Certainly teachers can’t accept open disrespect or class disruption. But how many situations could have been prevented from escalating if a teacher “didn’t take it personally.” We all have our own personalities, and so our own ways of intervening in those sticky circumstances. Humor. Ignoring. A simple shift of focus. In my jailhouse classroom I sometimes was able to diffuse a potential face-off by first recognizing and then commenting to a student that he seemed to having a bad day. That simple gesture helped dampen the fuse of the power struggle I could feel myself getting pulled into.

Of course our best efforts don’t always work, but not taking it personally—including our own inevitable failures—does. This outlook on the teaching life helps us acknowledge all the forces that shape our students, our classrooms, and ourselves, and allows us the resilience to come back the next day ready to try again.

Originally appeared on Esteem Journal

 

Although teachers spend their days surrounded by people— albeit little, and younger people—it’s still an isolating job. For many of us in the classroom, the vitality and the support to do our jobs comes from colleagues. Ideas exchanged, “problem students” talked over, “try this” suggestions for lessons are what keep teachers professional, motivated and, frankly, human. In the latest contribution to the “Teachers in Their Own Words” series, “The Coffee Crisis: Do Teachers Have to Feel Alone?” which originally appeared in Education Week, Hillary Greene writes in what at first appears to be a lighthearted way about the isolation and lack of collegiality that is taking over our schools.  What is missing, she writes, is not just free, decent coffee in the staff room but the space, time and freedom to share with each other. The current standardized curriculum leaves little room for children to be creative and to learn the art of community. This limited, locked-step model holds true for teachers as well, leading people like Hillary to worry, “that I’m losing my voice.” Hillary, who has taught middle school for three years in independent, public, and public charter settings in Massachusetts and New Hampshire, need not worry. As you’ll see, her voice is strong, courageous, and wise.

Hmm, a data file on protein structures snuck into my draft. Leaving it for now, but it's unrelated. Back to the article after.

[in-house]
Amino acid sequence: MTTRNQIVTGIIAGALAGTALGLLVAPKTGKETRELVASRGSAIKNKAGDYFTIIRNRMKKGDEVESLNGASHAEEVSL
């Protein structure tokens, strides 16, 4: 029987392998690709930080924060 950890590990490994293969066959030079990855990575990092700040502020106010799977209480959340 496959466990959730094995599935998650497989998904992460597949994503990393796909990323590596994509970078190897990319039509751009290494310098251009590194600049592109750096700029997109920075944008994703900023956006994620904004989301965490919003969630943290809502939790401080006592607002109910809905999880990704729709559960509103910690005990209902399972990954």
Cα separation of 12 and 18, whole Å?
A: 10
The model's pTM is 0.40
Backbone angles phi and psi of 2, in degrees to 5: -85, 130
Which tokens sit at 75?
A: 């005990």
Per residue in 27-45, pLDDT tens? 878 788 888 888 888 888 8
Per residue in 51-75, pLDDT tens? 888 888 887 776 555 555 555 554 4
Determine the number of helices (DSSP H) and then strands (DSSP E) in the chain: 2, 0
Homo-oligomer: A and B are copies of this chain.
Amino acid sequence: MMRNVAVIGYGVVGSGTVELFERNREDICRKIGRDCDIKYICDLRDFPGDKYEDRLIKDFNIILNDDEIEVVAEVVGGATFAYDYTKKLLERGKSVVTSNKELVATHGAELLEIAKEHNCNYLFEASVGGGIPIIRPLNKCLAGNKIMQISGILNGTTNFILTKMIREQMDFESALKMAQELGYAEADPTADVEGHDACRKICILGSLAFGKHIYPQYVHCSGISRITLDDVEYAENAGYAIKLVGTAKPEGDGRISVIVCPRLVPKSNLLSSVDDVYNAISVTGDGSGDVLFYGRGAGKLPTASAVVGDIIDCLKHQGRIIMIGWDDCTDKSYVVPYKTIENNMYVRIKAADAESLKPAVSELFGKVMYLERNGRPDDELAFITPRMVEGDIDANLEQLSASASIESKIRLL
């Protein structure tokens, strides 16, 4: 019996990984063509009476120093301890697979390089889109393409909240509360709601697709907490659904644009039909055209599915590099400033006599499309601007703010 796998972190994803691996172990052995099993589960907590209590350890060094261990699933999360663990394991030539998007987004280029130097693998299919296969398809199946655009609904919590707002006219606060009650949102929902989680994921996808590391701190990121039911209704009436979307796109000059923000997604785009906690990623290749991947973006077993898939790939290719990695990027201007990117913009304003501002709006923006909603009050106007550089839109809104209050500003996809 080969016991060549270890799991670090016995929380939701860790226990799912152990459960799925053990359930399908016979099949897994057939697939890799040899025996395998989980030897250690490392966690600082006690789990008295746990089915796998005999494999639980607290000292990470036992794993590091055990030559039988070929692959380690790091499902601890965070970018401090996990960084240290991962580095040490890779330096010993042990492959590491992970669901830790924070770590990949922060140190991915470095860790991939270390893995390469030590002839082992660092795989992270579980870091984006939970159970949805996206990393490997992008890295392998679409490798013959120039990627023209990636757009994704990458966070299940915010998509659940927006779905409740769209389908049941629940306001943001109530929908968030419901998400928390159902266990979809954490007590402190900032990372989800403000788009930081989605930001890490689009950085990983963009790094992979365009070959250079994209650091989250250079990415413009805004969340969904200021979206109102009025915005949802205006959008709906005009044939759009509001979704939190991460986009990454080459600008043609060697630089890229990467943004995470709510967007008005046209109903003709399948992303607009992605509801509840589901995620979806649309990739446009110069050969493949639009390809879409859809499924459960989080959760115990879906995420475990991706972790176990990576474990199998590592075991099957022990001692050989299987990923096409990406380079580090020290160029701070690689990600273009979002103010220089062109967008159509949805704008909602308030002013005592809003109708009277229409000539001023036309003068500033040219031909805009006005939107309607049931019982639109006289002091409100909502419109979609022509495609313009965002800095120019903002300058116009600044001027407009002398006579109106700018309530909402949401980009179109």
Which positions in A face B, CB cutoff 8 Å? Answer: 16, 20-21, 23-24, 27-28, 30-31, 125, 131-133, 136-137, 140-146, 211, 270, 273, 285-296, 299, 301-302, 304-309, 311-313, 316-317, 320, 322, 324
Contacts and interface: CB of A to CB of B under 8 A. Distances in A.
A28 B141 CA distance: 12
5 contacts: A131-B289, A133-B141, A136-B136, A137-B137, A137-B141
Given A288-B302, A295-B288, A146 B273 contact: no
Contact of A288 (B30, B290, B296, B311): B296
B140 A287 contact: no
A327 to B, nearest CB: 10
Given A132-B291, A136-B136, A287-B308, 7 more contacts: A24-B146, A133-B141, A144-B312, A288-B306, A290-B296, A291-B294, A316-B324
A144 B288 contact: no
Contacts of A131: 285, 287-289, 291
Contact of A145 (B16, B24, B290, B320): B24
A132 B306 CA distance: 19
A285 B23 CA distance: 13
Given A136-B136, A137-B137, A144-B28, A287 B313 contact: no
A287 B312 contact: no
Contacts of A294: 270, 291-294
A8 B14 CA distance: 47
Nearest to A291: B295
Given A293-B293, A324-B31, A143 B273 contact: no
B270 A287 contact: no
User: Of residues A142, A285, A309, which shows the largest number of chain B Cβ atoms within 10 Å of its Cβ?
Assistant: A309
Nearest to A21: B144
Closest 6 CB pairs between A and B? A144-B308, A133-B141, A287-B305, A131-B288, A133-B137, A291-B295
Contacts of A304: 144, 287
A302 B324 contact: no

The Coffee Crisis: Do Teachers Have to Feel Alone?

Everybody knows that a good house party, no matter how enticing the dining room, ends up in the kitchen. Surrounded by the comfort of food and drink, we relax and bond. We say things we wouldn’t say in the dining room.

Yet, in this nation that “runs on Dunkin’,” some schools appear to be cutting back on staff-room provisions as a budgetary precaution. So while Google generously—and shrewdly—provides copious amounts of first-class nourishment to its employees, teachers often can’t get a free cup of coffee.

And while a cut like this may seem relatively insignificant, I’m convinced it harms teaching and learning.

Without coffee to induce them to linger in the staff room, teachers have lost their kitchen space. And gone are the conversations that used to occur there, where the most productive (and completely unscheduled) meetings would often occur. Somehow, encounters in front of vending machines tucked in some tiny, darkened room do not produce the same effect.

But this isn’t really about coffee. This is about teacher voice and collaboration.

An Isolating Profession

I decided to become a teacher four years ago, due to some combination of a desire to have an impact on others and indecision about what else to do. Also involved on some level were the collapse of the economy and an interest in heeding President Obama’s call for top students to pursue public service and teaching.

I learned to teach middle school humanities in an alternative-licensure program at an independent school in Cambridge, Mass. Around the seminar table, we soon-to-be teachers grappled with questions of equal access to great education while we swapped tales from teaching that day. Between classes and after school, the teachers’ staff room provided not only free coffee, but also free peanut butter and crackers, so people congregated. In that cozy space, I practiced an important aspect of teaching: bonding with colleagues. Another teacher’s “Patrick” sounded like “James” in my class, so we talked and shared experiences. We all laughed together when a stressed teacher ran in to get a coffee and exclaimed, “I have to remember I’m not running the Pentagon!”